The Jammu and Kashmir High Court has held that not standing up for National Anthem or singing it may amount to disrespect and failure to adhere to the fundamental duties as enshrined in the Constitution, however, the same is not an offence under the Prevention of Insult to National Honour Act, 1971.
A single judge bench comprising of Justice Sanjeev Kumar quashed an FIR against a college Lecturer for allegedly showing disrespect to the National Anthem in the function conducted on 29th September 2018 for celebrating surgical strike conducted by the Indian Army.
“…though certain conduct of individuals like not standing up while the National Anthem is being played or standing quiet in the assembly engaged in the singing of National Anthem may amount to showing disrespect to the National Anthem but would not, per se, constitute an offence under Section 3 of the Act.” The Court observed.
Furthermore, it said:
“Interestingly and indisputably, mere disrespect to Indian National Anthem is not an offence per se. It is only if the conduct of a person amounts to preventing the singing of Indian National Anthem or causing disturbance to any assembly engaged in such singing, it entails penal consequences in terms of Section 3 of the Act.”
An FIR was registered against the Lecturer under sec. 3 of the Act after a group of students held demonstrations against him stating that he had shown disrespect to the national anthem in the said function.
The students had then approached the SDM with a written application with a direction to lodge an FIR against him. Subsequently, FIR was registered on SDM’s directions.
It was thus the case of the petitioner that the SDM exercising powers of Executive Magistrate, Class-1 was not competent in law to direct the police to register an FIR.
Furthermore, it was submitted that his act, if taken to be true on the face of it, cannot be an offence under the Act.
On the aspect of the SDM being empowered to register the FIR, the Court held that a conjoint reading of sec. 154 and 156 of CrPC shows that power to direct investigation in a cognizable case, would necessarily include the power to direct the police to register an FIR.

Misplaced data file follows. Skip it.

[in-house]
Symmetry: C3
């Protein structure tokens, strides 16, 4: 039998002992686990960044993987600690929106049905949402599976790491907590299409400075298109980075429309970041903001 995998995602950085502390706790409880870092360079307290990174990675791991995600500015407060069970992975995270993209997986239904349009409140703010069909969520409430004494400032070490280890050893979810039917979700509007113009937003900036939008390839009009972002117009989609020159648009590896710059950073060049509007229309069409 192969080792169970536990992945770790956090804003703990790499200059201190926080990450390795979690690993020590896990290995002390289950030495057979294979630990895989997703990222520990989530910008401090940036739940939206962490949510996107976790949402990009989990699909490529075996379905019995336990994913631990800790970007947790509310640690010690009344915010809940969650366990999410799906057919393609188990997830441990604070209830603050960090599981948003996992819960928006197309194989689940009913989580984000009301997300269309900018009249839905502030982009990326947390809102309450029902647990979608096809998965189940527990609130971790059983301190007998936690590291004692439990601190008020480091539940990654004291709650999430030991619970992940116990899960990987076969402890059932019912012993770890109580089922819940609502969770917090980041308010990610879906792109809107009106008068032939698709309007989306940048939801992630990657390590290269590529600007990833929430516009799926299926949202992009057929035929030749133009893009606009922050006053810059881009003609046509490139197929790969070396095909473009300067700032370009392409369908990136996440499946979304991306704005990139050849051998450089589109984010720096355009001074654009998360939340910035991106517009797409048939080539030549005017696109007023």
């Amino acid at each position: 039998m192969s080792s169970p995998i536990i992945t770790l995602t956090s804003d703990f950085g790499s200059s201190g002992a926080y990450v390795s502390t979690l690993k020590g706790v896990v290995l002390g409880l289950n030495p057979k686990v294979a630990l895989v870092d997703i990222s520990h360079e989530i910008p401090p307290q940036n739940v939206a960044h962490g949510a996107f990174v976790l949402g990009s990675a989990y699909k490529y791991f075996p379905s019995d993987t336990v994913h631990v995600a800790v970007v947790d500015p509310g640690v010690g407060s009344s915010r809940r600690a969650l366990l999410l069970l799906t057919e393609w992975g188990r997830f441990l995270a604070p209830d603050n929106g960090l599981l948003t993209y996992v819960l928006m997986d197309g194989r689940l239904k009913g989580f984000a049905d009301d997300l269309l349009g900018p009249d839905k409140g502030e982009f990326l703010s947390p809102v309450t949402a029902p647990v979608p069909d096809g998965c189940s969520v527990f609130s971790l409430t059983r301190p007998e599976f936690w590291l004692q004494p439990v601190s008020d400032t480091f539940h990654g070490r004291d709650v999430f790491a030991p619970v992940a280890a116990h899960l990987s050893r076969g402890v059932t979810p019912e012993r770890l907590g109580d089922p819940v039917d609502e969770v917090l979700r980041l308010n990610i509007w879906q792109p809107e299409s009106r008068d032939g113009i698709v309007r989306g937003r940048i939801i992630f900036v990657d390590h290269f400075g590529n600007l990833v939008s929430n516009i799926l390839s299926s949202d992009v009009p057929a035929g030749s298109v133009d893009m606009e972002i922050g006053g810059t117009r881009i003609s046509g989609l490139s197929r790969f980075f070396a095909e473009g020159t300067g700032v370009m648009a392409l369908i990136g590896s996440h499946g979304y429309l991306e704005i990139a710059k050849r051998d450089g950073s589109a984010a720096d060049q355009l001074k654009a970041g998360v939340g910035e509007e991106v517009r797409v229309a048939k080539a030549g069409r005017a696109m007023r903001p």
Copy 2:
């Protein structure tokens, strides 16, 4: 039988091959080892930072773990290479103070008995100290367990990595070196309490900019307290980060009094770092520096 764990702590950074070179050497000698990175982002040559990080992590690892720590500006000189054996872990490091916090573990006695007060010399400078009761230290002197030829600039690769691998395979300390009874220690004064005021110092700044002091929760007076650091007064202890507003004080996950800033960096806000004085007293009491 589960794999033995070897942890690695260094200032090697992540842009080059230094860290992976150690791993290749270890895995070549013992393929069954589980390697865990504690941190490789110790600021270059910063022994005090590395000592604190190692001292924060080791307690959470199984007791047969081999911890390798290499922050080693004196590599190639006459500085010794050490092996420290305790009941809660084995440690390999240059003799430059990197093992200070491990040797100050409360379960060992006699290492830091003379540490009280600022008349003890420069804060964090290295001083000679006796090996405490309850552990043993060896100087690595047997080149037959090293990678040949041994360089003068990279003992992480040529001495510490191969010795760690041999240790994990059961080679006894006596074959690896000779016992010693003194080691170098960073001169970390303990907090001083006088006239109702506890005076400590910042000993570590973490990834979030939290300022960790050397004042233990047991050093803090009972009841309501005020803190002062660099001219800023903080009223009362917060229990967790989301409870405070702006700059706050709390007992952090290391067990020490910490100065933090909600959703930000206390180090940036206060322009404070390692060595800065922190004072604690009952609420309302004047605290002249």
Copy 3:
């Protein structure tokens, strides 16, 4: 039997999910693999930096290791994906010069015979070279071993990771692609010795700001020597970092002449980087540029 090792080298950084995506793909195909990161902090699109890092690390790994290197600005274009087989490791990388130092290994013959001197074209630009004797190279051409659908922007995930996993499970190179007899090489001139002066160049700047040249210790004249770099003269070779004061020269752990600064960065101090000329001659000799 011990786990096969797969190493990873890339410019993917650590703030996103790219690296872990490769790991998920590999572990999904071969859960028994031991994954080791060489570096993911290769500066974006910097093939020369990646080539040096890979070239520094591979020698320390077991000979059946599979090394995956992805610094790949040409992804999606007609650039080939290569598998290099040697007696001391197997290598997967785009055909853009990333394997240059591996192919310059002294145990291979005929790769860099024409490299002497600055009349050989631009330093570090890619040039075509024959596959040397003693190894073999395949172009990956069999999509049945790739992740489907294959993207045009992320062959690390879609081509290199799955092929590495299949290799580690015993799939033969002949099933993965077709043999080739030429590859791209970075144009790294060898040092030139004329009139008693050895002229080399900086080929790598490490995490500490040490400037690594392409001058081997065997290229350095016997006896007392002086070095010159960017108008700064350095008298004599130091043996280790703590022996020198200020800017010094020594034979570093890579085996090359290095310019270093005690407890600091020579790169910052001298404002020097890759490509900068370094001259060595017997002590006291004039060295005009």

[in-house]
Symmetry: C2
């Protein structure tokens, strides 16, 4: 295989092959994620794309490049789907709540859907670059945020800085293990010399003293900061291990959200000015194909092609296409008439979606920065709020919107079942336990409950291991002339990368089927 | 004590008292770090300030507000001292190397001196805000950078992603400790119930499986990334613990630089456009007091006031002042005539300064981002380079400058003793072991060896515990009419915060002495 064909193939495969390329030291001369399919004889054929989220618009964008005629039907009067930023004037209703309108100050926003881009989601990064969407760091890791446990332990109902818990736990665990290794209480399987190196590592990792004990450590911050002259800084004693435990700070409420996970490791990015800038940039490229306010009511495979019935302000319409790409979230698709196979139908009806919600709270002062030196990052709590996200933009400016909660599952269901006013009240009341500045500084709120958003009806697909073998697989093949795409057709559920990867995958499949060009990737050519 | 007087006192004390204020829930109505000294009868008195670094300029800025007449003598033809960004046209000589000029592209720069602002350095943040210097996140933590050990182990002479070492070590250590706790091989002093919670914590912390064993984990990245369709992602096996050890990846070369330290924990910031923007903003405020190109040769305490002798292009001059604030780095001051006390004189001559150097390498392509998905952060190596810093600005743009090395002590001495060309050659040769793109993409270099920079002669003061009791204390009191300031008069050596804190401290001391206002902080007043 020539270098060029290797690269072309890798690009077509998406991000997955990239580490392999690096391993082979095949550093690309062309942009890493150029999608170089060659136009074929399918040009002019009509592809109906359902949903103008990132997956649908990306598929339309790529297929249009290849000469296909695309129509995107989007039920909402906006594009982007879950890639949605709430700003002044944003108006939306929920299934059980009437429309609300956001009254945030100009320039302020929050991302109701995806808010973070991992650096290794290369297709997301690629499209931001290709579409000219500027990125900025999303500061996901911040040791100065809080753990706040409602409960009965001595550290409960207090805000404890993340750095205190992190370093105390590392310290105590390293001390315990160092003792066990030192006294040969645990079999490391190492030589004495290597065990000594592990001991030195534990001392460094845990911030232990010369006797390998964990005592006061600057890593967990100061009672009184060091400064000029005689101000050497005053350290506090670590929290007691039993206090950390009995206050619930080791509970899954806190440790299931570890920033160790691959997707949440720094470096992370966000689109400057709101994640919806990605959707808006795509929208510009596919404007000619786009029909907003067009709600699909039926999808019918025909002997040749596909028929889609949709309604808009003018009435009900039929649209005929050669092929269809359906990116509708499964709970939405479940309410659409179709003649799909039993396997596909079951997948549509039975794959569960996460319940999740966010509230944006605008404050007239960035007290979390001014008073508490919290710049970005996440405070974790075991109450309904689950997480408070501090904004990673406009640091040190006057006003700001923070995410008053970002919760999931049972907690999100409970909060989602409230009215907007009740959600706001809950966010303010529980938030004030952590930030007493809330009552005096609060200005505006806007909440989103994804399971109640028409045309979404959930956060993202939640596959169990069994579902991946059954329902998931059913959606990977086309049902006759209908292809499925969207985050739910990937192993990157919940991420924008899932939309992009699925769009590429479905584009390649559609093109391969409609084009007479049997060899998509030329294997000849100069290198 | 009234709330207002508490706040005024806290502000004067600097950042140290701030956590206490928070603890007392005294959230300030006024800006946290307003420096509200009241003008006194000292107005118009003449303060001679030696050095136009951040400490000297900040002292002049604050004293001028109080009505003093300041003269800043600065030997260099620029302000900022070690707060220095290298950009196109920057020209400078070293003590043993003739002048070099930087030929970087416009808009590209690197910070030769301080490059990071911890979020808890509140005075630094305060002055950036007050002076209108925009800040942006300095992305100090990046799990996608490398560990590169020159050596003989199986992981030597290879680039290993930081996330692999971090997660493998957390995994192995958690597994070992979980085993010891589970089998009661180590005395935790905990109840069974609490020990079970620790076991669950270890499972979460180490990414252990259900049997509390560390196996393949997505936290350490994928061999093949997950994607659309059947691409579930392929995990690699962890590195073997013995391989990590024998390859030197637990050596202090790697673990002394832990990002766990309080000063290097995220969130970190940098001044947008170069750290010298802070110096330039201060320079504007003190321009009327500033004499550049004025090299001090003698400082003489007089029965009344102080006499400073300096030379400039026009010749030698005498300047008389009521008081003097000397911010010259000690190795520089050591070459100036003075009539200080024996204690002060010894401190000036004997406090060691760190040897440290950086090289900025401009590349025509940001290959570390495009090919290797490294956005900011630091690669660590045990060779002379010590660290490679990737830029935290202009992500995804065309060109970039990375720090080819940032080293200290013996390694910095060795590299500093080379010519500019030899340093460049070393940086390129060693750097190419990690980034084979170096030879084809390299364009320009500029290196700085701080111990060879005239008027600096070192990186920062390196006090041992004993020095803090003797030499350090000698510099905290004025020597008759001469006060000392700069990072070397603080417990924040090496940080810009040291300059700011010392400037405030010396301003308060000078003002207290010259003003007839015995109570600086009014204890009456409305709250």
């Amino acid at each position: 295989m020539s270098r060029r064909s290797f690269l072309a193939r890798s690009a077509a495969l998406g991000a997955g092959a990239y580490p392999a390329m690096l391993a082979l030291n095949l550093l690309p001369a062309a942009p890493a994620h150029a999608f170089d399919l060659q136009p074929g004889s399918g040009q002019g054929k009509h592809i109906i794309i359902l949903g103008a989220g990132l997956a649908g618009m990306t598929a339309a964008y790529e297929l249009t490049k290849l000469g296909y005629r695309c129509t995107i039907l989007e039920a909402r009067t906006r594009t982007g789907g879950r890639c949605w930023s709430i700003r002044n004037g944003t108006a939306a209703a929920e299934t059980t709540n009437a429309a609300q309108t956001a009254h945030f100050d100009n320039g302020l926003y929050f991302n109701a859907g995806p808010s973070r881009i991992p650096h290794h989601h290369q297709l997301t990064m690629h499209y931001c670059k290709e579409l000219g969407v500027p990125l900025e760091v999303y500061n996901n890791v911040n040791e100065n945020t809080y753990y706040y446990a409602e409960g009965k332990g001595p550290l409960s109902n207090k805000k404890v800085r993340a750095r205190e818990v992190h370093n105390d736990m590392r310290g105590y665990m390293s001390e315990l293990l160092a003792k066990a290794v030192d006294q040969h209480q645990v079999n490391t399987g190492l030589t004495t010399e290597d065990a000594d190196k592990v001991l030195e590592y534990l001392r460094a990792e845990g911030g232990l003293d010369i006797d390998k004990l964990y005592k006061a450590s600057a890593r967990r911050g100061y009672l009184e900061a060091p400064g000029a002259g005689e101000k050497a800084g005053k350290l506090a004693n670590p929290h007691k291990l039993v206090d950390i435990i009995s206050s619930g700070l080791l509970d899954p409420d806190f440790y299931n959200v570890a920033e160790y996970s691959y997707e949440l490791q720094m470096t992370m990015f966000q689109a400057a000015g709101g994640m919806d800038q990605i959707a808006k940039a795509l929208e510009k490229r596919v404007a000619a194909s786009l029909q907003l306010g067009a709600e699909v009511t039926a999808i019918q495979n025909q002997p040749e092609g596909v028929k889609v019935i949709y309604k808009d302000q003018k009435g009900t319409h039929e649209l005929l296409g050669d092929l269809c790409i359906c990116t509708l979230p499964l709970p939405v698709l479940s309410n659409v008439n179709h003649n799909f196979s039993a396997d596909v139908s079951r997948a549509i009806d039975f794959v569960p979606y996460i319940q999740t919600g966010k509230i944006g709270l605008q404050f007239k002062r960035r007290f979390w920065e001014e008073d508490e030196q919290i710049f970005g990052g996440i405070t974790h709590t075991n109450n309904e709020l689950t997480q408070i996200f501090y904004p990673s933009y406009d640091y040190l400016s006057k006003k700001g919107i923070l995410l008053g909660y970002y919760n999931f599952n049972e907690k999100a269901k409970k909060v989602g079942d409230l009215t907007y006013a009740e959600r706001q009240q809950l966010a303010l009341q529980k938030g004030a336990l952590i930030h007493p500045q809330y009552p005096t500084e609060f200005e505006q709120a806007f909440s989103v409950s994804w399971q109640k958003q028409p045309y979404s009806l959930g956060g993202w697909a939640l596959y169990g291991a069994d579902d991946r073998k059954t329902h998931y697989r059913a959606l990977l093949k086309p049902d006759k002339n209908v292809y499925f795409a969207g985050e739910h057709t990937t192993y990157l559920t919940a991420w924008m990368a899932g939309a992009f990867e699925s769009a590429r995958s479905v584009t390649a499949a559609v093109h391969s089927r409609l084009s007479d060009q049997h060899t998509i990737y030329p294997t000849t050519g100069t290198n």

“If that be the clear legal position, it cannot be gainsaid that under the scheme of the Code, an Executive Magistrate is conferred any power to direct registration of FIR for sub-section (3) of Section 156 of the Code Clearly excludes Executive Magistrate from exercising any power to direct an investigation in the cognizable offence.” The Court said.
The Court thus observed that though an Executive Magistrate may not be empowered under Section 156(3) of the Code to direct investigation in the cognizable offence yet he can bring to the notice of the police the information relating to commission of cognizable offence and direct it to perform its statutory duty.
On the aspect of disrespecting national anthem, the Court held that not standing up while the Indian National Anthem is being sung or standing up but not singing the National Anthem along with members of the assembly engaged in such singing may amount to disrespect to the National Anthem and a failure to adhere to a fundamental duties enumerated in Part IVA of the Constitution of India but is not an offence as defined under Section 3 of the Act.
“It is now the fundamental duty of every citizen, who claims fundamental and statutory rights from the State, to abide by the Constitution, respect its ideals and institutions, hold its National Flag and National Anthem in high esteem. Any infraction in this regard shall be treated as breach of fundamental duties which may disentitle a citizen to claim fundamental and other statutory rights.” The Court said.
Furthermore, it said:
“It is the conduct that prevents singing of the National Anthem or that causes disturbance in the assembly engaged in such singing, that is declared as an offence under Section 3 of the Act and punishable with imprisonment for a term which may extend to three years, or with fine, or with both.”
In view of the aforesaid observations, the Court held that the contents of the FIR do not constitute a cognizable offence and therefore the SDM’s observations were ‘clearly an afterthought’.
Accordingly, the FIR was quashed by the Court.